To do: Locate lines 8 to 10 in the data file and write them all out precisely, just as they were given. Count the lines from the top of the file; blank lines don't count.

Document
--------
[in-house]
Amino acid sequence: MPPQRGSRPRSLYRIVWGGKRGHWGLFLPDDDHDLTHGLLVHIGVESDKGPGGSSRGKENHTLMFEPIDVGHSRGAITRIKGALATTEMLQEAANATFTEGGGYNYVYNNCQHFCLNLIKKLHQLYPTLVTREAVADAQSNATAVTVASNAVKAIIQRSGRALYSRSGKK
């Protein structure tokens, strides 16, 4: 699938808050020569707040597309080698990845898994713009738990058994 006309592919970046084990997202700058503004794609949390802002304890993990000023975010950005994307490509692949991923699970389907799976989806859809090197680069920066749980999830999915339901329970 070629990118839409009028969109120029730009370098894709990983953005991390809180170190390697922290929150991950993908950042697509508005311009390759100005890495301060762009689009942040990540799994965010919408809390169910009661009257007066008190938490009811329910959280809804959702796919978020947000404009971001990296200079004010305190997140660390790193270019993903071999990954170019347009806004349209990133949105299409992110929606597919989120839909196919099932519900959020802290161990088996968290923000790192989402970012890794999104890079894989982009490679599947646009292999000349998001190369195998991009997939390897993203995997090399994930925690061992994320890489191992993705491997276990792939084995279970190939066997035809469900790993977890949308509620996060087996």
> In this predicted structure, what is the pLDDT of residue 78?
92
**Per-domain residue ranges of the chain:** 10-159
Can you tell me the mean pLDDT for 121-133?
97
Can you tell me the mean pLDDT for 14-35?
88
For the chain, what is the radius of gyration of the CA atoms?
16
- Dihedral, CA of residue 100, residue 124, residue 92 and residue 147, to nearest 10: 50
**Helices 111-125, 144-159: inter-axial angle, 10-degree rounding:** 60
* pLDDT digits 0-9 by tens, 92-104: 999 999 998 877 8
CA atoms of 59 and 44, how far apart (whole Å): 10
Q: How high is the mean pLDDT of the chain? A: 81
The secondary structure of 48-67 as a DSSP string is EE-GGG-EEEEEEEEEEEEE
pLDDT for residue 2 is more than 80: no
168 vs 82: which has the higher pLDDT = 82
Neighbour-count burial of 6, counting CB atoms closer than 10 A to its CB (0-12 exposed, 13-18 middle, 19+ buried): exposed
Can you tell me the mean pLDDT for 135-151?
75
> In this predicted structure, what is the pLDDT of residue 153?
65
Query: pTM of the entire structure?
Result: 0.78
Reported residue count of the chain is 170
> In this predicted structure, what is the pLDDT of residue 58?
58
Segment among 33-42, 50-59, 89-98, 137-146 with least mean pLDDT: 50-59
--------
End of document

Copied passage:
97
Can you tell me the mean pLDDT for 14-35?
88